Affymetrix Inc. and Children’s Research Institute, a not-for-profit medical research member organization of Children’s Hospital and Health System affiliated with Medical College of Wisconsin, announced that they have entered into a five-year strategic alliance. The alliance will help Children’s Research Institute build processing capacity over the next five years to analyze up to 25,000 samples using several different Affymetrix arrays.
The goal of the alliance is to demonstrate the clinical utility of array-based molecular diagnostics, and to leverage arrays to make molecular diagnostic tests better, faster and more economical.
Scientists at Children’s Research Institute will use Affymetrix GeneChip® microarray technology to analyze the genomic information of consenting patients. The large-scale clinical studies are designed to enable researchers to identify the genetic variations associated with common, complex diseases that affect children. The resulting information will be used to develop diagnostics and screening tests to help clinicians and families make more informed decisions.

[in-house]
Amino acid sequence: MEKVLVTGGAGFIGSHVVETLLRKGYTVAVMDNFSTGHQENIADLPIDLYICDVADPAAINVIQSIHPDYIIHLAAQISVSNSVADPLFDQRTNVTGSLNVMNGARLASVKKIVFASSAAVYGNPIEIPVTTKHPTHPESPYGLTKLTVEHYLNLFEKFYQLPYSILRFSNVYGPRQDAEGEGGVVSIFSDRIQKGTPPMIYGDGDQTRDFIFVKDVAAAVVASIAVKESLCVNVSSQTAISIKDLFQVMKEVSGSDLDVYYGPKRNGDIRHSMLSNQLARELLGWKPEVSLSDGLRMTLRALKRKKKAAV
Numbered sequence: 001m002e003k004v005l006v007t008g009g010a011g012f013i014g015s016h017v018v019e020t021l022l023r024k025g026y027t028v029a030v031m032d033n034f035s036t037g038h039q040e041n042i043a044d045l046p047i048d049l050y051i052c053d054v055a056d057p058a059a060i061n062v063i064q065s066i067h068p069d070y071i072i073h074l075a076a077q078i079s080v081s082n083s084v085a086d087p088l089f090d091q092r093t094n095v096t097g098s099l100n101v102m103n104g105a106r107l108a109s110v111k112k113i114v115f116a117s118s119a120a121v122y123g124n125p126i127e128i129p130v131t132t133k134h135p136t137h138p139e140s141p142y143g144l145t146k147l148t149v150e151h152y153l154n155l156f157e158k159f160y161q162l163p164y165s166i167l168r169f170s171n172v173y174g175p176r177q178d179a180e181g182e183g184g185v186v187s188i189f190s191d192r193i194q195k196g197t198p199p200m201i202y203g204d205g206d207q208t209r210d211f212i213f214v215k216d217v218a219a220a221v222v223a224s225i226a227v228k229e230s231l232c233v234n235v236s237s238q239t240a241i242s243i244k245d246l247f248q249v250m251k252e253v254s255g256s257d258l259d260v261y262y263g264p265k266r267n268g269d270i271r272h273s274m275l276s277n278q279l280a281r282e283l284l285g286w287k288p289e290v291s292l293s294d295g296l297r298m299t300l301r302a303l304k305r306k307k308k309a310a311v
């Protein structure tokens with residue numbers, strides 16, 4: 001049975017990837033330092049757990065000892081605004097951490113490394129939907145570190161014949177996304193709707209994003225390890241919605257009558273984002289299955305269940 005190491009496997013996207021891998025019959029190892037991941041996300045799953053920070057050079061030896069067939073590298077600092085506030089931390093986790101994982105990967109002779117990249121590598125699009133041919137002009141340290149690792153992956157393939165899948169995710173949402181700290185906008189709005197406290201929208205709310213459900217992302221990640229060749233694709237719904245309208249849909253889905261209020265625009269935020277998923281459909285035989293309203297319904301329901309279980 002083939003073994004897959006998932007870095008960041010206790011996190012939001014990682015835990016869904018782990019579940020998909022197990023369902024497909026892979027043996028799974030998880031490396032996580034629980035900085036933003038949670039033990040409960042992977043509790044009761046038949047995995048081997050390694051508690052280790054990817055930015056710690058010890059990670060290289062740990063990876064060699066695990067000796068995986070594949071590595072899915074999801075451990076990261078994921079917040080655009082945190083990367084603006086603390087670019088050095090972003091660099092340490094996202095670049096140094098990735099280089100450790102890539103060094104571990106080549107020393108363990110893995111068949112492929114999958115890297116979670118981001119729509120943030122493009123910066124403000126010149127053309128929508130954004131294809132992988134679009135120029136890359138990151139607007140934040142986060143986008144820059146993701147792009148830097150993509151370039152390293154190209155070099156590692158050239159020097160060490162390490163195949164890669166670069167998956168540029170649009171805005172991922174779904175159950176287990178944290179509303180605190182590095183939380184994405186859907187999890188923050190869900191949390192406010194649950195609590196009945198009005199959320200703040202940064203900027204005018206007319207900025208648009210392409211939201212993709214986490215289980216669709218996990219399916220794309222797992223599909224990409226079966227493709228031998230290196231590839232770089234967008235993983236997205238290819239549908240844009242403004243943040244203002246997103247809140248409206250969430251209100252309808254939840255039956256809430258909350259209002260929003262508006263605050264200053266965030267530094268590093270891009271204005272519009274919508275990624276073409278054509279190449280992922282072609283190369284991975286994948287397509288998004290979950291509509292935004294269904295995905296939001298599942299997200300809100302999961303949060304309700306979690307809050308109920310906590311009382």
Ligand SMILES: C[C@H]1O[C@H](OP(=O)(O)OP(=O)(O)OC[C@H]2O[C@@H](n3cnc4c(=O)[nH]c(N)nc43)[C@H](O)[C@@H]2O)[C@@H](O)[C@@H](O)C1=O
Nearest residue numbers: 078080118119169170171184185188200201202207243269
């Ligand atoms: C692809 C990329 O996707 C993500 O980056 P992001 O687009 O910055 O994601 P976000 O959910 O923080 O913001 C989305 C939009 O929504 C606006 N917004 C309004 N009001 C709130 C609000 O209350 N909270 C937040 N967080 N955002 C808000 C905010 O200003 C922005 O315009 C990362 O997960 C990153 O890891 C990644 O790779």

“The primary objective of Children’s Research Institute is to bring together the best in cutting-edge medical research with the best in established medical treatment for children,” said Robert Kliegman, M.D., executive vice president of Children’s Research Institute.
“We are excited to work together with Affymetrix, as its technology platform for highest-throughput genotyping is critical for our goal of identifying genes and markers for common diseases,” said Ulrich Broeckel, M.D., leading investigator in the Individualized Medicine Institute at Children’s Research Institute.
“The Children’s Research Institute is one of the premier pediatric genetic research facilities in the United States,” said Fred Pollock, director of translational medicine and strategic alliances at Affymetrix. “We are excited about moving forward with this strategic alliance that is designed to accelerate the development of new personalized treatments and tests targeted at the more common diseases affecting our children.”